A day before committing suicide, HS student calm, bonded with family
On the morning of the day before he jumped to his death on February 6, 2015, then 18-year-old Liam Madamba was his usual self that he even asked his father to teach him how to shave.
“That morning, February 5, he was that usual calm, just his usual self. He had asked my husband to teach him how to shave,” Liam’s mother, Trixie, recalled when she faced the hearing of the Senate committee on education, arts and culture on Tuesday.
Liam also texted his mother that morning to remind her to buy hair wax and facial cleanser using the last of his Christmas money.
At 2:45 p.m., Trixie said they picked up her son from the British School Manila (BSM) and when they were getting off their car, “I saw his face, it was unusually drawn and long and sad.”
“I said, ‘Liam are you ok?’” she said, “And then he said ‘I’m okay, mom, I just need to take a nap.’”
“And then my husband and I went off on our errands. Liam prepared merienda for his younger siblings and then past 5 o’clock, he just said to them bye and then he disappeared— without a cellphone, without any money. He just got up and left so he had disappeared for close to 14 hours,” Trixie said.
The following morning, around 6 a.m., Liam jumped to his death from the sixth floor of a car park building in Makati City.
And Trixie was almost certain that her son took his life after he was “threatened, humiliated and pushed to the edge” by his professor, Natalie Mann over an essay which allegedly contained plagiarized lines.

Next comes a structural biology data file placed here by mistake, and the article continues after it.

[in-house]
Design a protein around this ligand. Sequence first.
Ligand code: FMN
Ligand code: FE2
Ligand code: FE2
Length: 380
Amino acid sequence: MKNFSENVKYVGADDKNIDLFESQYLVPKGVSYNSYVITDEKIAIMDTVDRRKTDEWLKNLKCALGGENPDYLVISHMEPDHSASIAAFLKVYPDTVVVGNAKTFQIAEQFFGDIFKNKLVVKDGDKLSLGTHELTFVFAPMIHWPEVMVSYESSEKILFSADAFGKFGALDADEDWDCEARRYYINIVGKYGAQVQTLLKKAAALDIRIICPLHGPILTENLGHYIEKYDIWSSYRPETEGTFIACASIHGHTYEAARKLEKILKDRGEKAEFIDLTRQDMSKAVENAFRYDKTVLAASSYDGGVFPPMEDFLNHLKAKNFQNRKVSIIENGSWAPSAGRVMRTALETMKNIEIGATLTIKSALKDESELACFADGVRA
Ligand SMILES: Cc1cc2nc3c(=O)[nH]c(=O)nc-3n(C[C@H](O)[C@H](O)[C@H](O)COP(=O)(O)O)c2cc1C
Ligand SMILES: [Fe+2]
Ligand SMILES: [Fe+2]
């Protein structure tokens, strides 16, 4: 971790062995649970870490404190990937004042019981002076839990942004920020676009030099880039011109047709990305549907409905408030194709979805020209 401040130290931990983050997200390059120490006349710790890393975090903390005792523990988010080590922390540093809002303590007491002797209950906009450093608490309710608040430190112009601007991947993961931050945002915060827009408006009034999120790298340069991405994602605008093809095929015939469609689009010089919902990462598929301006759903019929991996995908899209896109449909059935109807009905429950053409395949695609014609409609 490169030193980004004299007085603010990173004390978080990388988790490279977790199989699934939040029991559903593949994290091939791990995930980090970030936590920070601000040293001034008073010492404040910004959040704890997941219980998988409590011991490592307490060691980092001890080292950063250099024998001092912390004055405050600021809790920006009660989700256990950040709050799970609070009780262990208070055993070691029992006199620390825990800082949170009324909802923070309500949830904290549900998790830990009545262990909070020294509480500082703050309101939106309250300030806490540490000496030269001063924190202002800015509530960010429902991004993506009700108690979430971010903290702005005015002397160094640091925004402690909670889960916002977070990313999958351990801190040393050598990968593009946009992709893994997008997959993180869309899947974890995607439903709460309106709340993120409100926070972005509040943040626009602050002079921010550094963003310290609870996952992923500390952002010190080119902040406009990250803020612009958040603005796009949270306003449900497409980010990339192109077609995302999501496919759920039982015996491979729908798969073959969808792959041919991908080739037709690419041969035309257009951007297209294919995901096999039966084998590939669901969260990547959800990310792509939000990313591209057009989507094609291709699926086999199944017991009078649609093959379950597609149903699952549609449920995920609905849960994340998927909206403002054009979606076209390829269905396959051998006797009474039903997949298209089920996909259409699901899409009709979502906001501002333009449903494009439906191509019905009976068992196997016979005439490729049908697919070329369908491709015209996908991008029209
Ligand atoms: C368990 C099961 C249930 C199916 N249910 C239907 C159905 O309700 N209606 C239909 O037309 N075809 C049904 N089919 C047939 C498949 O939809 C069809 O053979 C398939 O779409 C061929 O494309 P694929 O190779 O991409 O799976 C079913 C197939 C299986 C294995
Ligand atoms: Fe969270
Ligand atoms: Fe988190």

She broke into tears as she recounted during the hearing how the incident had led to her’ son’s death.
Unknown then to the mother, the professor called Liam and another student to a private meeting on February 5 to talk about the allegedly plagiarized essay.
Trixie said that without her knowledge also, the professor made Liam write a letter of apology addressed to the entire student body.
“When you are asked to address a letter of reflection to the whole school community, how is this introspective? Why was he not supervised during this part of the process? And afterwards, why did Mrs. Mann not sit down with Liam to go over the points he wrote to help him reflect on these?” she asked.
“This letter was not a reflection but public humiliation. Let me make this clear. This letter writing was punitive. This form of public flogging is within the reflection process that BSM claims to be so proud of,” she added.
Trixie said the letter of apology was only given to her by the school head, Simon Mann (not related to Natalie Mann), two months after Liam’s death.
“Liam used words and phrases like ‘my unending selfishness,’ ‘a thousand shades of the darkest emotions.’ He used the word ‘shamed’ twice,” she said.
“Had I seen the letter, as a mother, I would know that a red flag was up; had a caring educator read this letter, she/he would know a red flag was up and that the child was going through seriously alarming emotional distress. Mrs. Mann did not even bother to read Liam’s letter.”
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Trixie said the professor left even before the school started its investigation on the incident.
The mother lamented that even after her son’s death, the board of the school gave its full support to the professor.
“To the mothers and fathers in this room, put yourself in my shoes. In the face of such lack of compassion, stonewalling, insensitivity and inaction on this part of the school administration under Simon Bewlay and Simon Mann, what would you do?” she further asked.
Bewlay is chairman of the BSM’s board of governors. IDL
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